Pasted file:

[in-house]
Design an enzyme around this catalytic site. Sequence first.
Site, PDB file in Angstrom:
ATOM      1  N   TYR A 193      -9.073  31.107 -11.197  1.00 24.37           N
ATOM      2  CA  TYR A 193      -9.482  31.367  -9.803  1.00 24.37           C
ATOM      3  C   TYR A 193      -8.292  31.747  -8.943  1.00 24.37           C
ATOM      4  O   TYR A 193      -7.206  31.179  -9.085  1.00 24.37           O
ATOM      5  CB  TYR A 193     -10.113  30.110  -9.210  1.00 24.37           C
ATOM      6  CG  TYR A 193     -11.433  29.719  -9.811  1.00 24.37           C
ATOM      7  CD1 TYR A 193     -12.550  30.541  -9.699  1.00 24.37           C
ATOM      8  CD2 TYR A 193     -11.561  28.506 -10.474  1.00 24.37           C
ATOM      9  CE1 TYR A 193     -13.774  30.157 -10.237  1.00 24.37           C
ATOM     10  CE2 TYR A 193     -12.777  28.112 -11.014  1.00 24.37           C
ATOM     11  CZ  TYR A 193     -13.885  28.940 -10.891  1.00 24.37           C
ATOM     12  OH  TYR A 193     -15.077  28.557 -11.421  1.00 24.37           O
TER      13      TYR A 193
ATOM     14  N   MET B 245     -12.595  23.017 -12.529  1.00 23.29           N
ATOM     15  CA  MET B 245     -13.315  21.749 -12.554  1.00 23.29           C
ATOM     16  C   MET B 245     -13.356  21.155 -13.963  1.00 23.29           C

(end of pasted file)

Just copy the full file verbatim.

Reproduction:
[in-house]
Design an enzyme around this catalytic site. Sequence first.
Site, PDB file in Angstrom:
ATOM      1  N   TYR A 193      -9.073  31.107 -11.197  1.00 24.37           N
ATOM      2  CA  TYR A 193      -9.482  31.367  -9.803  1.00 24.37           C
ATOM      3  C   TYR A 193      -8.292  31.747  -8.943  1.00 24.37           C
ATOM      4  O   TYR A 193      -7.206  31.179  -9.085  1.00 24.37           O
ATOM      5  CB  TYR A 193     -10.113  30.110  -9.210  1.00 24.37           C
ATOM      6  CG  TYR A 193     -11.433  29.719  -9.811  1.00 24.37           C
ATOM      7  CD1 TYR A 193     -12.550  30.541  -9.699  1.00 24.37           C
ATOM      8  CD2 TYR A 193     -11.561  28.506 -10.474  1.00 24.37           C
ATOM      9  CE1 TYR A 193     -13.774  30.157 -10.237  1.00 24.37           C
ATOM     10  CE2 TYR A 193     -12.777  28.112 -11.014  1.00 24.37           C
ATOM     11  CZ  TYR A 193     -13.885  28.940 -10.891  1.00 24.37           C
ATOM     12  OH  TYR A 193     -15.077  28.557 -11.421  1.00 24.37           O
TER      13      TYR A 193
ATOM     14  N   MET B 245     -12.595  23.017 -12.529  1.00 23.29           N
ATOM     15  CA  MET B 245     -13.315  21.749 -12.554  1.00 23.29           C
ATOM     16  C   MET B 245     -13.356  21.155 -13.963  1.00 23.29           C